Binance denies any wrongdoing and asserts that it operates in compliance with all applicable laws and regulations. Binance also challenges the SEC’s authority over its global operations, since it is not based in the US and does not serve US customers directly.
Ben Armstrong dismissed from FTX case as three celebrities Settle
Ben ‘BitBoy’ Armstrong, a popular cryptocurrency influencer, has been dismissed from a lawsuit filed by FTX, a leading crypto exchange, against several celebrities for allegedly promoting a fraudulent coin.
FTX sued Armstrong and three other celebrities – DJ Khaled, Floyd Mayweather Jr., and Steven Seagal – in June 2021, accusing them of endorsing and promoting Centra Tech, a company that claimed to offer a crypto debit card but was later exposed as a scam.
According to court documents, FTX reached a settlement with Khaled, Mayweather, and Seagal, who agreed to pay undisclosed amounts of money and refrain from promoting any crypto-related products or services for three years.
However, Armstrong denied any involvement with Centra Tech and filed a motion to dismiss the case, arguing that he never received any compensation from the company and that he only mentioned the coin once in a video as part of his general market analysis.
The court granted Armstrong’s motion on September 20, 2021, finding that FTX failed to show that Armstrong had any contractual or fiduciary relationship with Centra Tech or that he made any false or misleading statements about the coin.
Armstrong celebrated the dismissal on his YouTube channel, where he has over 1.3 million subscribers. He said that he was “vindicated” and that he would continue to provide honest and unbiased information about the crypto industry.
He also criticized FTX for filing a “frivolous” lawsuit and wasting his time and money. He said that he would not let FTX “bully” him or anyone else in the crypto space. FTX did not comment on the dismissal or the settlement. The exchange is one of the largest and most influential in the crypto market, with a valuation of over $18 billion and partnerships with major sports leagues and teams.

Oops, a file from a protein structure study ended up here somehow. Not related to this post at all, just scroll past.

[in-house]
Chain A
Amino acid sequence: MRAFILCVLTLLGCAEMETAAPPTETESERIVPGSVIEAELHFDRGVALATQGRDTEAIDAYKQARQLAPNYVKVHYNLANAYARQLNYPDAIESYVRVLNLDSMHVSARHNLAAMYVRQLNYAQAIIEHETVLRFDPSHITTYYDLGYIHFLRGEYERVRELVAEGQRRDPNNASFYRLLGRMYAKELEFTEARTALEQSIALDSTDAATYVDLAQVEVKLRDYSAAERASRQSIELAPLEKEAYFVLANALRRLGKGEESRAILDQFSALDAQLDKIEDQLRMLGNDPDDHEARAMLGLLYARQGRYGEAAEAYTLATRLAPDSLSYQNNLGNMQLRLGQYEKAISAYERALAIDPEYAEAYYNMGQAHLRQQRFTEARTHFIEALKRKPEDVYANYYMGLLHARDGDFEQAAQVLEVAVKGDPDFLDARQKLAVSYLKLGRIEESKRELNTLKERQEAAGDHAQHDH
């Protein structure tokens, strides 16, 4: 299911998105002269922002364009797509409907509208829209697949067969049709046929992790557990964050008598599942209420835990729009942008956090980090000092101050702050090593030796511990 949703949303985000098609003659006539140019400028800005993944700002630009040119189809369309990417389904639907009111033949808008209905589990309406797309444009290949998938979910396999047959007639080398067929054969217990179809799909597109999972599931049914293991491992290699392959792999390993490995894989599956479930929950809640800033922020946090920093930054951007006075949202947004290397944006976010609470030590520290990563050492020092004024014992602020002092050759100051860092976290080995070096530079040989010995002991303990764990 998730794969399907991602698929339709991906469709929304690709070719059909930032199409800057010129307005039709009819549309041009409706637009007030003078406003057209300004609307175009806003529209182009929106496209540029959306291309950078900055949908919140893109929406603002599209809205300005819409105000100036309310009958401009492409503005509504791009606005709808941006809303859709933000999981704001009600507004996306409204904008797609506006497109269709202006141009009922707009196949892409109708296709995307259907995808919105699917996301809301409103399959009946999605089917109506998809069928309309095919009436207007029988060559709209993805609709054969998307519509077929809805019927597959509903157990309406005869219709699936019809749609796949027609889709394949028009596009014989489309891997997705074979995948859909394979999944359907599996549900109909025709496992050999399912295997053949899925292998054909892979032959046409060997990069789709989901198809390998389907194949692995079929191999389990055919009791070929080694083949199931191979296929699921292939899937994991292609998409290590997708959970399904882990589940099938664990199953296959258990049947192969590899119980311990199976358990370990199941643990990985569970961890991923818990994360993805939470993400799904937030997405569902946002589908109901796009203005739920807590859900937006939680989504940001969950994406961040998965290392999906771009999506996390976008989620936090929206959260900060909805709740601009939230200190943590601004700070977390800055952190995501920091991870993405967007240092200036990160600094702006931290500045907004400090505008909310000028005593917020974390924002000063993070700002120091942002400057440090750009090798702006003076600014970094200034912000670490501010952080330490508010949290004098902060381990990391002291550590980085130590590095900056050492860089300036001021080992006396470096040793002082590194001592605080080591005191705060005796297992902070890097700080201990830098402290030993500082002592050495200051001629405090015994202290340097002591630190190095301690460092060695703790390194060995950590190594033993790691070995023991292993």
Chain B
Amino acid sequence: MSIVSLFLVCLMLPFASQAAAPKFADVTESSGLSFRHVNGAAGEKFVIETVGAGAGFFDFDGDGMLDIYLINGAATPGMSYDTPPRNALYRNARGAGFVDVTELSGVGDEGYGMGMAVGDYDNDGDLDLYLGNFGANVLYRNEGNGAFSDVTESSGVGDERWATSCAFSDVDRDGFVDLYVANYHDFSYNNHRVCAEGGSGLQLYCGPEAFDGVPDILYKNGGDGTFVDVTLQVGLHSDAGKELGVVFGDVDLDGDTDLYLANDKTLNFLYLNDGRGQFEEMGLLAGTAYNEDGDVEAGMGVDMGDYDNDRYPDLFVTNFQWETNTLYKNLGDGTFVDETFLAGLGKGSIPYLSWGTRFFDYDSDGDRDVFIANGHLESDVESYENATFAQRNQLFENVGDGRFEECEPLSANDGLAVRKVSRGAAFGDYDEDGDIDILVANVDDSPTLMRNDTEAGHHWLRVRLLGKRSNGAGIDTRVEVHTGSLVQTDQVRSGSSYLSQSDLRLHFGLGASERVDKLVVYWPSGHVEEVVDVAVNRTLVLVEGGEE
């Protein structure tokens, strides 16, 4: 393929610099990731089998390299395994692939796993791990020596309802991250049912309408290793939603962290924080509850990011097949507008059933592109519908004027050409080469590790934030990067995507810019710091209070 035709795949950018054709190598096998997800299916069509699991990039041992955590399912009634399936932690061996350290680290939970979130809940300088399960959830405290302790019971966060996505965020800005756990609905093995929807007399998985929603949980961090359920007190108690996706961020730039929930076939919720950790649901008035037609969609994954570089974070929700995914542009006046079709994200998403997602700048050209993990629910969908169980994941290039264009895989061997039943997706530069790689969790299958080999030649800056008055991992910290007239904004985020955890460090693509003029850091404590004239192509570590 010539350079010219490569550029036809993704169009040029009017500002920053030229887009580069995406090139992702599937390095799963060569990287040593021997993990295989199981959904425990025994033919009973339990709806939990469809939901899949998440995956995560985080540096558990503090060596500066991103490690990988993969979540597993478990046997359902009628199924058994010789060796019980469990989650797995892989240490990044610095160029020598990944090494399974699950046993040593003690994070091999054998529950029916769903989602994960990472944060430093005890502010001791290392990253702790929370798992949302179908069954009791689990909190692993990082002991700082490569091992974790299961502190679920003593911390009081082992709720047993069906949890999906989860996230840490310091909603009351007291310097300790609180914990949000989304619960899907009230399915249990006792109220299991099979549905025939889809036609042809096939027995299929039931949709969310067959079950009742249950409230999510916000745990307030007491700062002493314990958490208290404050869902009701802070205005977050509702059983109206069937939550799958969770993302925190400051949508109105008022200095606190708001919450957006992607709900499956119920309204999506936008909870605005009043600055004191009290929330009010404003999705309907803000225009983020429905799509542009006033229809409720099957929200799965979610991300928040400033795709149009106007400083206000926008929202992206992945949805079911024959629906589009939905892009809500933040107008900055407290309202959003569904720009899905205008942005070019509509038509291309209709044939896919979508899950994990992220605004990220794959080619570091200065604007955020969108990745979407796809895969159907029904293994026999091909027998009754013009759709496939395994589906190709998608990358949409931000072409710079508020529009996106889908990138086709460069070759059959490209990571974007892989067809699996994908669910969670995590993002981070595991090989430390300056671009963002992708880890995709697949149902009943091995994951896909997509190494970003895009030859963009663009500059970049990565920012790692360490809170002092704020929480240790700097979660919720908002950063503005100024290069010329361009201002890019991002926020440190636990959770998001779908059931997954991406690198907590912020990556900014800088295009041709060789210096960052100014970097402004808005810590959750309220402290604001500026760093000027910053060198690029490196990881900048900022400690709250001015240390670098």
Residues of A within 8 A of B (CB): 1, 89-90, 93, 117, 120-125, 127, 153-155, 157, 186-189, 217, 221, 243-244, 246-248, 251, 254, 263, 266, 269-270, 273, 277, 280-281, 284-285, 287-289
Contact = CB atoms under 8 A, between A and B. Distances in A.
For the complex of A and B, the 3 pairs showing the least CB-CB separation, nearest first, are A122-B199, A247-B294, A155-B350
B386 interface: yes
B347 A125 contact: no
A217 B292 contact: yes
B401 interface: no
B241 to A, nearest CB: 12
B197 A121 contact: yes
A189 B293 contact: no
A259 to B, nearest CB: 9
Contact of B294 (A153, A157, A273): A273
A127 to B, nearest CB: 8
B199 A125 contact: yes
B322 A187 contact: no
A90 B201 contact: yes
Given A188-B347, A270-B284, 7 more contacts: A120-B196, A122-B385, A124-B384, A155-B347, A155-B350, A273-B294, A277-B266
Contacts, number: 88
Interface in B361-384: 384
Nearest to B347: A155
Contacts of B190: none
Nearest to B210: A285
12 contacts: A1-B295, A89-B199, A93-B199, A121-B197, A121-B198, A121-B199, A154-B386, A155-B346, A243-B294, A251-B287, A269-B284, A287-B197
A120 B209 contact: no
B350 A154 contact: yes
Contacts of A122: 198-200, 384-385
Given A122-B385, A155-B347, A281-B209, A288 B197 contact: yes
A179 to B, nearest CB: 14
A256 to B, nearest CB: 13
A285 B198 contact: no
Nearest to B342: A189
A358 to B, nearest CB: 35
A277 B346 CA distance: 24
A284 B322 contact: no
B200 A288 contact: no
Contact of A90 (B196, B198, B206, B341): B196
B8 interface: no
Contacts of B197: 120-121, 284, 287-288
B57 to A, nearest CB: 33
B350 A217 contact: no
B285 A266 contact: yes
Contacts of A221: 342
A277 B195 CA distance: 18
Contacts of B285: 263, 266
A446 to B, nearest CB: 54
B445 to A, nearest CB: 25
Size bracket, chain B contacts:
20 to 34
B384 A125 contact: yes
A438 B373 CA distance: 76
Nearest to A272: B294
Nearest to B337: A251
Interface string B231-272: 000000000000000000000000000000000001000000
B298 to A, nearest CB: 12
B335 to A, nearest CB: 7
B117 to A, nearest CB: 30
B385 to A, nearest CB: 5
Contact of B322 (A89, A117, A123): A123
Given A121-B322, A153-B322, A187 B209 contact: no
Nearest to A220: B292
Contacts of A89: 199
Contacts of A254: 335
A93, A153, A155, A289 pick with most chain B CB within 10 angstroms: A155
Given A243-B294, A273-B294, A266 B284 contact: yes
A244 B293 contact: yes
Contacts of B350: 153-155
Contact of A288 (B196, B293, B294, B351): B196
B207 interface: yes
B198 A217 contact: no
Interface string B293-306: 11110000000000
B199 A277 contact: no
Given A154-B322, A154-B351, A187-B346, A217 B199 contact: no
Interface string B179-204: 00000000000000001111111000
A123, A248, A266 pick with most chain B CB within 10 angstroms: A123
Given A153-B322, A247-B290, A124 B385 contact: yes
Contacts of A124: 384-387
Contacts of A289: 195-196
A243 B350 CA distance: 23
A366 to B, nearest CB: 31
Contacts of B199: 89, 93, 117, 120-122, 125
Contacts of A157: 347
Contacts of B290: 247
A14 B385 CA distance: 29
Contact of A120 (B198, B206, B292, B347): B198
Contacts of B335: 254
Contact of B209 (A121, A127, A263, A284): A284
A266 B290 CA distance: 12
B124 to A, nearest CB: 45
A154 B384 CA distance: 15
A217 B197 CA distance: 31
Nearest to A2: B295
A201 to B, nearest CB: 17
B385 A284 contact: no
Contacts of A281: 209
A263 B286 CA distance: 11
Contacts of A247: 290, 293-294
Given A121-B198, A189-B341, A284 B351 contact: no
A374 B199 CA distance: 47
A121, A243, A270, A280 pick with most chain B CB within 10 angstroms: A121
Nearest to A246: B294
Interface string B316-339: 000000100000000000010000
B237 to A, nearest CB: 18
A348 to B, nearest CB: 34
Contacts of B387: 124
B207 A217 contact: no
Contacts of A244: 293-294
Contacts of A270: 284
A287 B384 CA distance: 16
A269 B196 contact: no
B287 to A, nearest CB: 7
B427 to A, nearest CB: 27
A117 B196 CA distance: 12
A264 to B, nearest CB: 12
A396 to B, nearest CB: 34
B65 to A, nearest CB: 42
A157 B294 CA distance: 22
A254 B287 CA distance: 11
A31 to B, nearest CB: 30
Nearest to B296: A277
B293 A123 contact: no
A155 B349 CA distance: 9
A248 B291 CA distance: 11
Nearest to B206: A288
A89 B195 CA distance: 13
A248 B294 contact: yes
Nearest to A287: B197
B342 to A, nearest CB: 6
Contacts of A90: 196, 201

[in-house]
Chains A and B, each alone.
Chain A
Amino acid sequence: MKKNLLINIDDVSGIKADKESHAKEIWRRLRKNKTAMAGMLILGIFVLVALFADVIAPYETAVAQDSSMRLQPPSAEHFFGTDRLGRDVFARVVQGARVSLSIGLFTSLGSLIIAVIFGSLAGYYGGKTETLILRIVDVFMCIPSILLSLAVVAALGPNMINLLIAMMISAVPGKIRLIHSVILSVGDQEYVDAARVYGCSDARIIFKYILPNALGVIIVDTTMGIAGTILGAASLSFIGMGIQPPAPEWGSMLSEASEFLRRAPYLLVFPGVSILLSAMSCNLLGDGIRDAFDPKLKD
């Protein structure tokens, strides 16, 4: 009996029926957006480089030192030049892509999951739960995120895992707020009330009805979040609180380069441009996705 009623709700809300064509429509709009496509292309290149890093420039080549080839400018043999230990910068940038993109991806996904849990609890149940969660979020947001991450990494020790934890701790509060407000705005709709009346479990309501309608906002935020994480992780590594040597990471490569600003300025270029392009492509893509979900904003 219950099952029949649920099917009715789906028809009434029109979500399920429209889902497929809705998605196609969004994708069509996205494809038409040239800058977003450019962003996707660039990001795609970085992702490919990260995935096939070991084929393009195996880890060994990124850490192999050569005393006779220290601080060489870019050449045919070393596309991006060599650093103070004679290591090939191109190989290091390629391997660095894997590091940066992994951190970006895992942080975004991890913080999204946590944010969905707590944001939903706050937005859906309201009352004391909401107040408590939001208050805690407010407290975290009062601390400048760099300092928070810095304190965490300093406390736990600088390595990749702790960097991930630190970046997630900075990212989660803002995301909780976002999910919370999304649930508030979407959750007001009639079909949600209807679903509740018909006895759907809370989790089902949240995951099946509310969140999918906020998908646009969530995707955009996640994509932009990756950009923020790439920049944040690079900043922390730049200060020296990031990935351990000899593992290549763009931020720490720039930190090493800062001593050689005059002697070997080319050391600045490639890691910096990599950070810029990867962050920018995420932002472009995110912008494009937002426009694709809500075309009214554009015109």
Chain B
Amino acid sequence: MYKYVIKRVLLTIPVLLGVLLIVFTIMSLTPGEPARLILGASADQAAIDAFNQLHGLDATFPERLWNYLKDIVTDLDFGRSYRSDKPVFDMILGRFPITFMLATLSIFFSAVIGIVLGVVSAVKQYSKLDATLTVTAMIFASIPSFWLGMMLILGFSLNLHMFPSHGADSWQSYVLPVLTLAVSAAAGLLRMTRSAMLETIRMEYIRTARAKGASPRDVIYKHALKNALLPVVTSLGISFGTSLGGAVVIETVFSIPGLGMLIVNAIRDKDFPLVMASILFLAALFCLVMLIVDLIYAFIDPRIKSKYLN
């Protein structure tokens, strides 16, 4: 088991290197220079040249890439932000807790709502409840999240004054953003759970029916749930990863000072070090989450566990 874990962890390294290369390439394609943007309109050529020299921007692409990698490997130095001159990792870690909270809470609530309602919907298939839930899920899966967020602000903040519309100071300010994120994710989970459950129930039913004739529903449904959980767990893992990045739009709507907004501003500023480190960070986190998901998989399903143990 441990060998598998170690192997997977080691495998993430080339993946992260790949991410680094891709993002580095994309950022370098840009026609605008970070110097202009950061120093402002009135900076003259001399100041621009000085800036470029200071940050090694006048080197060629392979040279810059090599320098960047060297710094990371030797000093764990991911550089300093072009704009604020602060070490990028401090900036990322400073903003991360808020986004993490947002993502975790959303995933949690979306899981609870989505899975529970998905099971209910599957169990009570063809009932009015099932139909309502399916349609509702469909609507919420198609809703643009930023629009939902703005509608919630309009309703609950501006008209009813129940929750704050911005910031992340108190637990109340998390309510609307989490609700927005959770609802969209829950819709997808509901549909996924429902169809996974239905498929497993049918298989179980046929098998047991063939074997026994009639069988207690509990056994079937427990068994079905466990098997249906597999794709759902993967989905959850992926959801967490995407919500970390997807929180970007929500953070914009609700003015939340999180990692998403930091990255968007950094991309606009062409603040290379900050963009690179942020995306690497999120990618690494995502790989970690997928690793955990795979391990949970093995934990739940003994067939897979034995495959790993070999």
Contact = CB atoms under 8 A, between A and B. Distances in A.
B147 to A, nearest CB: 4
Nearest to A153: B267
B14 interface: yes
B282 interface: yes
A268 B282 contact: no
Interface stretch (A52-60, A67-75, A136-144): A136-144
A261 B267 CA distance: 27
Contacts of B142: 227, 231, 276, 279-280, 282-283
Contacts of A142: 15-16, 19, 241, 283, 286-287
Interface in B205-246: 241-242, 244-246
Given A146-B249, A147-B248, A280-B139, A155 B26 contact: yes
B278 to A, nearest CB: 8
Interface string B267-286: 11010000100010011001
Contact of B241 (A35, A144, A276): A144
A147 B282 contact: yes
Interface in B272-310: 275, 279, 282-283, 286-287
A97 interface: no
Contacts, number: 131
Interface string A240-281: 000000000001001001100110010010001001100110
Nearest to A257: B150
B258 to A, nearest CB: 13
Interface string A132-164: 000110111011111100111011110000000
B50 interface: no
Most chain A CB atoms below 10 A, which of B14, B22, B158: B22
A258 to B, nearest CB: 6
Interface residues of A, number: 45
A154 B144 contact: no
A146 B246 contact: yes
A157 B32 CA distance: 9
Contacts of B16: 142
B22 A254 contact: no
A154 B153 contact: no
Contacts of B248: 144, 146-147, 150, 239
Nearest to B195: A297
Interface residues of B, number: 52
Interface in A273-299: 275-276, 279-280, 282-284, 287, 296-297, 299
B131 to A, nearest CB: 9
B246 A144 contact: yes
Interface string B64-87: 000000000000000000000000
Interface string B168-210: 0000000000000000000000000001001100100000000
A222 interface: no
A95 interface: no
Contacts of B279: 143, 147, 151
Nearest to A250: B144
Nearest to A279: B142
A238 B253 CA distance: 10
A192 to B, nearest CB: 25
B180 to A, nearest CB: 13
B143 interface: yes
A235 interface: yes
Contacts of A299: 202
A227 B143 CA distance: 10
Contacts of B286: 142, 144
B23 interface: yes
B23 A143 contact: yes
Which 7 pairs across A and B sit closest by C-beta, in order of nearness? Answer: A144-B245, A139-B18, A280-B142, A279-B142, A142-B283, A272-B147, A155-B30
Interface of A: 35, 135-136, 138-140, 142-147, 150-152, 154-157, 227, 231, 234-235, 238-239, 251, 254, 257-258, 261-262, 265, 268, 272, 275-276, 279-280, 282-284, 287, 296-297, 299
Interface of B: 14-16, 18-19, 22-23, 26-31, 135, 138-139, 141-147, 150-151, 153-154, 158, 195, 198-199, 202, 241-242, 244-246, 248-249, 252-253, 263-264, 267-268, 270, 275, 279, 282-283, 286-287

Ben Armstrong, the founder and CEO of BitBoy Crypto, has RECENTLY lost his stake in the company after a legal dispute with his former partners. According to court documents, Armstrong was accused of breaching his fiduciary duty, misappropriating funds, and engaging in fraudulent activities. The judge ruled in favor of the plaintiffs, who claimed that Armstrong had used the company’s assets for his personal benefit and ordered him to relinquish his shares and pay damages.
This is a major blow for Armstrong, who has been one of the most influential figures in the crypto space. He started BitBoy Crypto in 2018 as a YouTube channel, where he shared his insights and opinions on various cryptocurrencies and blockchain projects. He soon gained a loyal following of over 1.5 million subscribers, who dubbed him ‘the face of crypto’. He also launched a website, a podcast, a newsletter, and a merchandise line under the BitBoy Crypto brand.